Kentucky Gov. Steve Beshear (D) prays to his false horse god.
You would think that securing $43 million in tax credits for a to-scale replica of Noah's Ark would be enough to protect Kentucky Gov. Steve Beshear (D) from allegations that he's secretly some sort of America-hating pagan who takes his policy proposals straight from the malaria-infested mouth of the great swamp god, Mordu. You would be wrong. Beshear, who is heavily favored to win re-election this November, is taking heat from his Republican opponent for participating in a Hindu "ground blessing" ceremony last weekend at a groundbreaking for a new Indian-owned Elizabethtown factory. Here's how Republican Senate president and gubernatorial nominee David Williams put it:
He's there participating with Hindu priests, participating in a religious ceremony. They can say what they want to. He's sitting down there with his legs crossed, participating in Hindu prayers with a dot on his forehead with incense burning around him. I don't know what the man was thinking...
If I'm a Christian, I don't participate in Jewish prayers. I'm glad they do that. I don't participate in Hindu prayers. I don't participate in Muslim prayers. I don't do that. To get down and get involved and participate in prayers to these polytheistic situations, where you have these Hindu gods that they are praying to, doesn't appear to me to be in line with what a governor of the Commonwealth of Kentucky ought to be doing...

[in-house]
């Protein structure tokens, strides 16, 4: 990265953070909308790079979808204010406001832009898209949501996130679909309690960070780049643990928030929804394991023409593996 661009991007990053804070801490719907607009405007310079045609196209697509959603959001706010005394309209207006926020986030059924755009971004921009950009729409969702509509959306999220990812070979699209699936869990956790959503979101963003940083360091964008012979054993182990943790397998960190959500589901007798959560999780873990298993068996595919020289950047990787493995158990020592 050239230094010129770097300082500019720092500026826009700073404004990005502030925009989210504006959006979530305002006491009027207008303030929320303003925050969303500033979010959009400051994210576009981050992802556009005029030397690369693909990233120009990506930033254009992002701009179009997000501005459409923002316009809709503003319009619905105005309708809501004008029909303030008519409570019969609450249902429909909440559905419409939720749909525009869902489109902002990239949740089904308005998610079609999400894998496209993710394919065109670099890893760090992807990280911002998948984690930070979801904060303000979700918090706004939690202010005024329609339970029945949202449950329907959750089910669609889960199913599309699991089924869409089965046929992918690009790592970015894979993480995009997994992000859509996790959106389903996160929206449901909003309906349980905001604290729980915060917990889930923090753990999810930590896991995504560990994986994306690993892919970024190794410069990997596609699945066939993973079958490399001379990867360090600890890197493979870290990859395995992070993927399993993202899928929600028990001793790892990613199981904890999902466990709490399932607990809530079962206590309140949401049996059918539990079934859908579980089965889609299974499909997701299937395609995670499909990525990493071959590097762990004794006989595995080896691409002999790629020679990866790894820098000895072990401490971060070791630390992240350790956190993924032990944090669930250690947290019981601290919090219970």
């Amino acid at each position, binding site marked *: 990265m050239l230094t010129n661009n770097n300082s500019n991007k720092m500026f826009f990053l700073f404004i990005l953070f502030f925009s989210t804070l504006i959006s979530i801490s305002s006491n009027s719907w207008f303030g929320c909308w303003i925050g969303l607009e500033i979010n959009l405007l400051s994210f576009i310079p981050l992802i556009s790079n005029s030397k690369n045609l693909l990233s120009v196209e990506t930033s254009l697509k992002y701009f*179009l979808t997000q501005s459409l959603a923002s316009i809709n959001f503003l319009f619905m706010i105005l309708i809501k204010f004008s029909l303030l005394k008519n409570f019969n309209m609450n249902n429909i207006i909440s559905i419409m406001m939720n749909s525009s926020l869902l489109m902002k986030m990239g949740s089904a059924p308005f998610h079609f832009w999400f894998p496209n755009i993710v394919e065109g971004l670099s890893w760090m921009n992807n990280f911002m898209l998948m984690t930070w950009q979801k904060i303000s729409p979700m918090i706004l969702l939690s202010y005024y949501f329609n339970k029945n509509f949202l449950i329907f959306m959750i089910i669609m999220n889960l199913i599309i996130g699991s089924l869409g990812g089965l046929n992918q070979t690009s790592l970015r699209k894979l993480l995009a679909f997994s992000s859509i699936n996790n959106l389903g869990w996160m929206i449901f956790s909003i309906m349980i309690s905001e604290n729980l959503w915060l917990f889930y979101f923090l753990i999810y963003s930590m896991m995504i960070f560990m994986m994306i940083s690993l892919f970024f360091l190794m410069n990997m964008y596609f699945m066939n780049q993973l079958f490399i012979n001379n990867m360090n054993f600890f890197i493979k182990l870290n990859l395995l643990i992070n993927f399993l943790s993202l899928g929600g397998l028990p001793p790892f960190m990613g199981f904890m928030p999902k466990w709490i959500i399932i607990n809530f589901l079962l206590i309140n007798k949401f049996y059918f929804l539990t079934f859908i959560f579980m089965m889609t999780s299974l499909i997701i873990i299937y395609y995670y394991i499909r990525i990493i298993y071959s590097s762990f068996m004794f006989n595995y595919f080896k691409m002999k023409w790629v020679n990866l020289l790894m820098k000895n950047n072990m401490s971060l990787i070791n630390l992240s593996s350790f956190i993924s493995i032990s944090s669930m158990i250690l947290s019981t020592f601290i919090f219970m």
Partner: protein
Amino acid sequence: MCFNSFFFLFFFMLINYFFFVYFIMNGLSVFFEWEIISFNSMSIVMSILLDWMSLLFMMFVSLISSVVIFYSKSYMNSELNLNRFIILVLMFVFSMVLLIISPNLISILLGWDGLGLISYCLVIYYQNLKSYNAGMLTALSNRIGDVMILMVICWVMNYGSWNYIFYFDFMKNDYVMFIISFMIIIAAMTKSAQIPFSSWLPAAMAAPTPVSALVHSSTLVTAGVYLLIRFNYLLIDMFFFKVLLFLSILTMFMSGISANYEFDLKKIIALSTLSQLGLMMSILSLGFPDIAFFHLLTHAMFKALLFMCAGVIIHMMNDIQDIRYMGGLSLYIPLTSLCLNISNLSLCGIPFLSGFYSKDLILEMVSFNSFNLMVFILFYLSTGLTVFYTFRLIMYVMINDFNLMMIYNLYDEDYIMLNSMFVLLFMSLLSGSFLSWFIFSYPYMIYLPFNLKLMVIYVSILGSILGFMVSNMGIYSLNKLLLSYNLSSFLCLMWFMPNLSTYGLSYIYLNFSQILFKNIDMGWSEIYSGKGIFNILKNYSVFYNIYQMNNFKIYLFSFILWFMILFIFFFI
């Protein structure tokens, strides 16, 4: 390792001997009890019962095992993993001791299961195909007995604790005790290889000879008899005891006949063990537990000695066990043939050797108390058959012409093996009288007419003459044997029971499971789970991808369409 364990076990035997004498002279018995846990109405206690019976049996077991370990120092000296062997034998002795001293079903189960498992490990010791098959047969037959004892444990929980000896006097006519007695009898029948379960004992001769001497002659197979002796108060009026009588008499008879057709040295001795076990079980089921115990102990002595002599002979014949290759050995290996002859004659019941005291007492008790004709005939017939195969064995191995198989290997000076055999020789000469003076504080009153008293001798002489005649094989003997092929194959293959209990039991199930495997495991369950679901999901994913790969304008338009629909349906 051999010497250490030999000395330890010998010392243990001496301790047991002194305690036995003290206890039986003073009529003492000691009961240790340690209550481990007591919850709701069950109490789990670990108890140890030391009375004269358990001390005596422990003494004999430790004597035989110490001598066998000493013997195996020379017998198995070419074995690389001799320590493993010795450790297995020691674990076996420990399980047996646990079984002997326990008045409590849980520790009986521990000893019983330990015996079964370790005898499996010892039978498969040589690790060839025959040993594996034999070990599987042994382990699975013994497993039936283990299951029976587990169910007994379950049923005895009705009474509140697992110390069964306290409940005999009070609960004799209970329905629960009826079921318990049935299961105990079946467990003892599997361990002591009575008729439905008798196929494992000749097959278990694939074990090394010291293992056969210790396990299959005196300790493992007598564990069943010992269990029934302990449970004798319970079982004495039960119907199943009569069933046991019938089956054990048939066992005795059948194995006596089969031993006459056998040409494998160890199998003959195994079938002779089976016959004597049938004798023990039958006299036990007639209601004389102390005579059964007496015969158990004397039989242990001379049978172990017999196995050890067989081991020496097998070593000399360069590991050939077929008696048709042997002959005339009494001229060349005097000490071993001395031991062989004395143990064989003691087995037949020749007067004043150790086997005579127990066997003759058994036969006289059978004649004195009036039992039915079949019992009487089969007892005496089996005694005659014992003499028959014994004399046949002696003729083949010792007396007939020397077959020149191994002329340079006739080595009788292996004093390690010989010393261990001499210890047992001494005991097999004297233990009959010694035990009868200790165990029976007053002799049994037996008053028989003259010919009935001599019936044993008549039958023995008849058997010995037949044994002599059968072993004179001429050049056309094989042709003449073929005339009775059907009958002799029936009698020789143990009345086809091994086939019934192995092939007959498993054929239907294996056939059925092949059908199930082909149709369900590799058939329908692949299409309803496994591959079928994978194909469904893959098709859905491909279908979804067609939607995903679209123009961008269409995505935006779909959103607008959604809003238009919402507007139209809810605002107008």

Yet between his not being pro-life and his support for gambling and now getting down and doing Hindu prayers to these Hindu gods, I think his grandfathers wouldn't be very pleased with Steve Beshear.
Williams, per the Lexington Herald-Leader, went on to dismiss charges that he was demeaning Hinduism by referring to it as "idolatry," telling the paper that if anyone had offended Hindus, it was Beshear. Kentucky politicians have a proud—and bipartisan—history of making absurd allegations about their opponents' faith. Last fall, Democratic Attorney General Jack Conway accused Sen. Rand Paul of worshipping the false-God* Aqua Buddha (a nod to a prank Paul had played in college).
Mike Toomey (left) and Texas Governor Rick Perry go way back.
Things could be going better for Rick Perry's presidential campaign. He probably wishes he hadn't gone into a total free-fall in the national polls (and in Iowa), for instance. Maybe he regrets giving a speech in New Hampshire on Friday in which he sounded like he'd just shotgunned a bottle of Robitussin. But there's a reason Republicans still believe he has a shot to beat Mitt Romney: The Texas governor has a lot of money in the bank, and just as importantly, he's got a lot of friends with a lot of money in the bank.
Perry has not one but two super-PACs working on his behalf—dark money groups that can accept unlimited donations (including from corporate sources)—the most notable of which is Make Us Great Again, founded by Perry's former chief of staff and long-time friend, Austin mega-lobbyist Mike Toomey. Make Us Great Again has a goal of raising and spending $55 million on Perry's behalf during the primaries alone, which is a lot. And now it's on the air with its first set of television ads—making it the first super PAC to hit airwaves during the Republican primary:
Harvard Professor Elizabeth Warren is expected to win the Democratic nomination to challenge Sen. Scott Brown (R-Mass.)
Next year's Massachusetts Senate race, between Republican Sen. Scott Brown and Democratic Harvard professor Elizabeth Warren, is shaping up to be one of the most-expensive, most-watched races of the cycle. As we've noted previously, at least one recent poll gave Warren, the architect of the Consumer Financial Protection Bureau, a slight lead over Brown, who helped to gut some of the key provisions of last year's financial reform bill. Brown has $10 million in the bank; Warren raised $3 million in just her first six weeks as a candidate.